If you have a folder which you think should have more images in it than are currently showing in Lightroom this could well be the case. The Lightroom folder structure mimics the disk folder structure but only those images you import into Lightroom will actually be in Lightroom. It is also possible to remove images from Lightroom but in such a way as they remain on disk.
To check to see if there are additional images in a folder that aren’t showing in Lightroom, right click the folder in Lightroom and choose Synchronize Folder. Make sure that the Show Import Dialog before Importing option is enabled and select Synchronize. This shows the import dialog and those images that are in the folder but not in Lightroom so you can synchronize the contents of the folder with Lightroom.
Now it’s over to you. Have you ever experienced missing files in Lightroom and, if you did, what was the cause and how did you resolve the issue?
September 28, 2013 09:38 am
I had several folders missing various numbers of files, totaling a few hundred files in all. "Synchronize" would see these missing files, and begin the process of importing them, but at the end would always flash "no pictures to import."
But, by following your advice to "Show Import Dialog" I noticed a setting that was checked to "Ignore Suspected Duplicates." When I deselected that, all the missing files finally imported during that synchronization.
I have no idea why the files went missing to being with. To my best recollection, I had not done any file or folder renaming. So, I have to suspect files will go missing in the future, since the missing files to date were widely scattered (across dozens of folders over two years), suggesting many separate instances of going AWOL. At least I know how to recover them.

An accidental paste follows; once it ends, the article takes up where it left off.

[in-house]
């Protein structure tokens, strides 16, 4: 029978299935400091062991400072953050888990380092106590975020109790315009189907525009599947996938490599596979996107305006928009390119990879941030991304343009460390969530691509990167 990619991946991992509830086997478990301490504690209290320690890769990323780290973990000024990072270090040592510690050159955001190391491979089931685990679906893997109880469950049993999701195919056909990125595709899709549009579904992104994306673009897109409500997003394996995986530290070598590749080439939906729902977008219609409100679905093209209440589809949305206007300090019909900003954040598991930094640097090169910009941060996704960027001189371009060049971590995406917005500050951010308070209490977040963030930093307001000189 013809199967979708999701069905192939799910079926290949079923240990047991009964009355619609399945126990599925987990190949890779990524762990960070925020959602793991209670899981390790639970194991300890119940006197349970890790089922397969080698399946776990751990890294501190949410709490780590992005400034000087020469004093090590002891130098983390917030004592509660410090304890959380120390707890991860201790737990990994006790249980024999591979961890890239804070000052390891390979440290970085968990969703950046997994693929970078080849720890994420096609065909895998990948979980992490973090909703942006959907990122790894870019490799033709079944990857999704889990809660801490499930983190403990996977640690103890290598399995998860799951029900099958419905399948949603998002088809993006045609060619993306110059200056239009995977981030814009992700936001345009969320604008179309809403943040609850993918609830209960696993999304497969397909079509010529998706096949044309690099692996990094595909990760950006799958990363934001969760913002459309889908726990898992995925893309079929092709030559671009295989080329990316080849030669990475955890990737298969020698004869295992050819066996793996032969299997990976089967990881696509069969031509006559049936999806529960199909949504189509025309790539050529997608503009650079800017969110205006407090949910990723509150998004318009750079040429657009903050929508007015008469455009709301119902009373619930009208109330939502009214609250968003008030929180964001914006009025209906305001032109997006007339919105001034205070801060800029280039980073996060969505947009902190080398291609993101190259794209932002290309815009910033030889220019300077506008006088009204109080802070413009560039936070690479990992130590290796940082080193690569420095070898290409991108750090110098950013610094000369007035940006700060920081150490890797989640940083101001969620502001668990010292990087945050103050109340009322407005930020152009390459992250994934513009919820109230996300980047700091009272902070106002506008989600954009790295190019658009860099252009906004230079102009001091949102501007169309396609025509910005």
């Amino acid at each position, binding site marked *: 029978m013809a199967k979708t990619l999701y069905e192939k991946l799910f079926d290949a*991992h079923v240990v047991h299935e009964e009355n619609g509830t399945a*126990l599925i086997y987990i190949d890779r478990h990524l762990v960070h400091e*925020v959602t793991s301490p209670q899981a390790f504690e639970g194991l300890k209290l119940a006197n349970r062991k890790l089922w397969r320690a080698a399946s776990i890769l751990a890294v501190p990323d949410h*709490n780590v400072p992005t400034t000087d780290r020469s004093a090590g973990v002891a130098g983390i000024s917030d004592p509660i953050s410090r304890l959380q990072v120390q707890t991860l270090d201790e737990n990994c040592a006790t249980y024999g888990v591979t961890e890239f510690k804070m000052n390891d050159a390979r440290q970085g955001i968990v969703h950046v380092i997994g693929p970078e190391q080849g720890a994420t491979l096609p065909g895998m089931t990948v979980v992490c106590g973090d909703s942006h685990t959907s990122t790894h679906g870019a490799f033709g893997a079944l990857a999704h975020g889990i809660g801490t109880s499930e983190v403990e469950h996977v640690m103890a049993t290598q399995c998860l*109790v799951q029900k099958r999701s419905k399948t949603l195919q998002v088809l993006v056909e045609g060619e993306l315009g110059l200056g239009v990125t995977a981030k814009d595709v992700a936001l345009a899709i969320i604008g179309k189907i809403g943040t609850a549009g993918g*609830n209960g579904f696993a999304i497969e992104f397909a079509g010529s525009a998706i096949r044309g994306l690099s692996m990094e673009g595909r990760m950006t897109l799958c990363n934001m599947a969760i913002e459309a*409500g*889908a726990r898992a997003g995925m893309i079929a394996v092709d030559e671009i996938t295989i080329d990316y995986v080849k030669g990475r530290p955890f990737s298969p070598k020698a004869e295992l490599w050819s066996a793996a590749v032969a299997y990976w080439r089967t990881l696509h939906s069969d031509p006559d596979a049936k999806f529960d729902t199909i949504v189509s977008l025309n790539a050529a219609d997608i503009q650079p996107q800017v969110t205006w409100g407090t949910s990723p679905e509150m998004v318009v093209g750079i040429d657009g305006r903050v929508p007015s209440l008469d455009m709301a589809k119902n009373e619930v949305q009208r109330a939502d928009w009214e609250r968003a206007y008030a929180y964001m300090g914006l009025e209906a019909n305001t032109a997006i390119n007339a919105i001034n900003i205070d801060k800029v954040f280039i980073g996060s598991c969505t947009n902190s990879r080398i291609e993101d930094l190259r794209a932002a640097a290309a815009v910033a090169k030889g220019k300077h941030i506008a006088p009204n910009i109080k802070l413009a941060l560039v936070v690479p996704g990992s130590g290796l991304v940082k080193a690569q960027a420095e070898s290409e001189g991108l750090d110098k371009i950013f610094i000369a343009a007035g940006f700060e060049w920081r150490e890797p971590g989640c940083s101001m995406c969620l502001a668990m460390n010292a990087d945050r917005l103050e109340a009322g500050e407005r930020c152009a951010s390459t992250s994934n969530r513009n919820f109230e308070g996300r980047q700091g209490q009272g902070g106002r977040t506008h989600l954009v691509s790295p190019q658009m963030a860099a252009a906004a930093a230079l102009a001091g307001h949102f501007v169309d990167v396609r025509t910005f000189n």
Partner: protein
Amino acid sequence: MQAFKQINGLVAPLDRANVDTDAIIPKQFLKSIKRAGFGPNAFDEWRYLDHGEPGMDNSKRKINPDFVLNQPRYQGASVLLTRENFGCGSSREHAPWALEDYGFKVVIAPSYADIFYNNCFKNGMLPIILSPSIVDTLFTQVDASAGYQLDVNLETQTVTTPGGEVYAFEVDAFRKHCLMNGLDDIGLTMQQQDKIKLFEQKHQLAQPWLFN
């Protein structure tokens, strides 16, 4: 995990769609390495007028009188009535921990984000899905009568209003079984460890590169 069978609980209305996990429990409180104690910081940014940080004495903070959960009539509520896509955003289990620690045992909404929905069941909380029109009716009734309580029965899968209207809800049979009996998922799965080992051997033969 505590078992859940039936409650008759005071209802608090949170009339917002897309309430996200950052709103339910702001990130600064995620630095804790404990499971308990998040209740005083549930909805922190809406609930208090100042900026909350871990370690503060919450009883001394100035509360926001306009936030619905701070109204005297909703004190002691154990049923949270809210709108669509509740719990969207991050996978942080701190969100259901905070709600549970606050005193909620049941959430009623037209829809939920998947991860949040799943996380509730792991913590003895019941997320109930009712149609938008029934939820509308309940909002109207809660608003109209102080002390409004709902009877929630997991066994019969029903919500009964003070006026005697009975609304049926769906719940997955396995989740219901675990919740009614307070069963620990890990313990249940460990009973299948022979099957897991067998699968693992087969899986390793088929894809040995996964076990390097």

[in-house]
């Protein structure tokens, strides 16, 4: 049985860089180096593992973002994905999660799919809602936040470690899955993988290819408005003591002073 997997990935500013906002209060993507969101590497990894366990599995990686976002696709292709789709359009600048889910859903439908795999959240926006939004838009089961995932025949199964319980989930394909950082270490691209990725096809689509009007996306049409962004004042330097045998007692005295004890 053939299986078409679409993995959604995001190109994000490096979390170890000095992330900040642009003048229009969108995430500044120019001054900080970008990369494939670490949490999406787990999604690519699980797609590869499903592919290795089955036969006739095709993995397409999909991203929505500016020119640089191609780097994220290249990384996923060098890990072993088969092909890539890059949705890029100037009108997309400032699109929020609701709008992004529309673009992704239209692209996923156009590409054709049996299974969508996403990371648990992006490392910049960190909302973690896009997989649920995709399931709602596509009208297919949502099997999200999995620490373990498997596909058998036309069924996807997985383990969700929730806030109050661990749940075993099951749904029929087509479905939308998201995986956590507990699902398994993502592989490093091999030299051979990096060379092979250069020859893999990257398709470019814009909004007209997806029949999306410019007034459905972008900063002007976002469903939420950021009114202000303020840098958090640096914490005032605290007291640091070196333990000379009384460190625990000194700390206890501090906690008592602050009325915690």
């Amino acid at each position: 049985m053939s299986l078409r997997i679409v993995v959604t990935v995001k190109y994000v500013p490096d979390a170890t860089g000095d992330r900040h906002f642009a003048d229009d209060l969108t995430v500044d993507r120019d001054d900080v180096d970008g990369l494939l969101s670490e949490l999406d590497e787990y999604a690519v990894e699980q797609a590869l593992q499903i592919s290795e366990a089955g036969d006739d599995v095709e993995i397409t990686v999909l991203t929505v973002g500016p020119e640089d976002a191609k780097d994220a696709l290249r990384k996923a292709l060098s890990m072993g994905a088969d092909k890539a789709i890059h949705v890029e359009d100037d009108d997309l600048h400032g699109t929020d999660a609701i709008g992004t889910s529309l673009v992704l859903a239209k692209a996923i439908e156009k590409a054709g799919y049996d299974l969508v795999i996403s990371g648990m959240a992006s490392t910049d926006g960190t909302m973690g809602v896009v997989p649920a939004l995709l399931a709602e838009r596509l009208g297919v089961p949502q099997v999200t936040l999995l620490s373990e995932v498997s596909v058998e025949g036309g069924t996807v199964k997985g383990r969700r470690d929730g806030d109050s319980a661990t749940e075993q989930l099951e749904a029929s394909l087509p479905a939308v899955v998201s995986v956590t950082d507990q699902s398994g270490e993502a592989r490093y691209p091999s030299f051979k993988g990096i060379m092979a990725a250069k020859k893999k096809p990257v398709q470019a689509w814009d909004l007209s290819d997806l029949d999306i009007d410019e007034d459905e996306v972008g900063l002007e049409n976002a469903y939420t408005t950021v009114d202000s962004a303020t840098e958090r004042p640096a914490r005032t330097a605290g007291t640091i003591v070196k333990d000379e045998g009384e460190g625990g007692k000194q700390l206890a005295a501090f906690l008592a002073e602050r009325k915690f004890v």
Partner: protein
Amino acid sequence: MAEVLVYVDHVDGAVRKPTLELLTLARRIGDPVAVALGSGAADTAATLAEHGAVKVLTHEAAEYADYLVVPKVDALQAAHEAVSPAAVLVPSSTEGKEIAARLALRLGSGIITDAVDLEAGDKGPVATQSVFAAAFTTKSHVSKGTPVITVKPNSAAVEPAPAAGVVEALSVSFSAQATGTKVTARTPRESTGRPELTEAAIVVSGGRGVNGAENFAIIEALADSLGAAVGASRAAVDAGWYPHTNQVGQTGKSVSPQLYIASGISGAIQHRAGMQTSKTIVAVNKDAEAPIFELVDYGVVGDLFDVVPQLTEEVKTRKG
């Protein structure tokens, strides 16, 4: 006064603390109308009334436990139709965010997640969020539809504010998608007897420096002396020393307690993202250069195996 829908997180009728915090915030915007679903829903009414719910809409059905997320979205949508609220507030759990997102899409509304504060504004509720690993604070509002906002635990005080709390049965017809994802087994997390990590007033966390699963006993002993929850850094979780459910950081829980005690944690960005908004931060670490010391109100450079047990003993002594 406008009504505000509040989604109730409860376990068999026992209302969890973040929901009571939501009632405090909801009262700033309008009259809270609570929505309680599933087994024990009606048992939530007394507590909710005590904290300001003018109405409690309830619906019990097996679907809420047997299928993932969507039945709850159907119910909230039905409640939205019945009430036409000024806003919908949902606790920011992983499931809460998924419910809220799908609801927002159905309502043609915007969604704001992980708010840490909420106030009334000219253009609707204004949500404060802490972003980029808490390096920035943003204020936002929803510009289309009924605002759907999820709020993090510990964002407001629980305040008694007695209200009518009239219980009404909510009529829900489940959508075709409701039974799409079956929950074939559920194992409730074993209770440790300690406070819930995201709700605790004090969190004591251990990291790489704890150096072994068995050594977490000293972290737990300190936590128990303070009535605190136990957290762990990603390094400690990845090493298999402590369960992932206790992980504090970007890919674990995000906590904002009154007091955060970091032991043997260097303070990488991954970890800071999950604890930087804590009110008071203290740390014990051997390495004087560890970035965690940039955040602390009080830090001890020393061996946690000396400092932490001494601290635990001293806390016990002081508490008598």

I am worried though, that I will start to accumulate duplicate files that this setting had been preventing until now. Oh well. Lesser of two evils.
August 7, 2013 06:50 am
ok so last week I had my computer worked on because it was so slow. They made a time machine of my Mac. Worked on it and fixed the hard drive. Put everything back on the Mac and up and running. Worked in LR and PS everything is fine. Got a call today, asking if everything was good and they were going to clean off the back up. Said yes. Then later today I decided that I need to get my act together and was going through LR to make one folder for each client type for my website. Had to go to one of my older LR catalogs and it is showing NO IMAGES, NO FOLDERS ??? what? Please tell me this is a silly mistake and I simply need to direct LR better. It knows I have a catalog just nothing in it? ~scared~
December 14, 2012 03:04 pm
Lesley, no - I don't have the old HD, I thought I had set up LR to work off by my back-up drive and then I would save my finished work to the regular HD, I must of changed something in the workflow. I was just hoping the files were just hidden somewhere. When I check on the ? it goes to the computer HD and not the back-up drive. Fortunately they weren't real critical images, I am still getting familiar shooting digital with my d800.
Thanks for your input.
December 14, 2012 12:29 pm
Bill, that happened to me when I bought my Mac and painstakingly dragged things from the windows machine to the new mac. Or so I thought. When I opened Lightroom, I could see the folders and the greyed out spaces with the little ?, but like you found, they were all empty, they didn't actually move. They were still on the old machine, and I had to figure out a better way. Can you connect up the old hard drive or is it really dead? Or do you have a backup somewhere you can use to get them back? If you click on the ?, it will ask you if you want to locate the files and it will show you where it thinks they are. That's a good place to start. I hope this makes some sort of sense.
December 13, 2012 12:48 pm
Everyone, please forgive me I have gone through the posting and don't see the issue I am having, as I finally made the digital leap forgive me if the question has been answered already.
OK, the background information: I am using a Mac (10.8.2), lightroom 4, and a Nikon shooting in RAW. Due to an Apple recall I recently had my HD replaced and that's seems to be when the problem developed.
My most recent captures are just grey boxes with a question marks. I tried re-linking them to no avail, when I click I the grey box the key words and other meta data is displayed but no photo. Can someone give this old Velvia shooter a hand, I'm really not computer dummy, I've used Elements for years without a problem.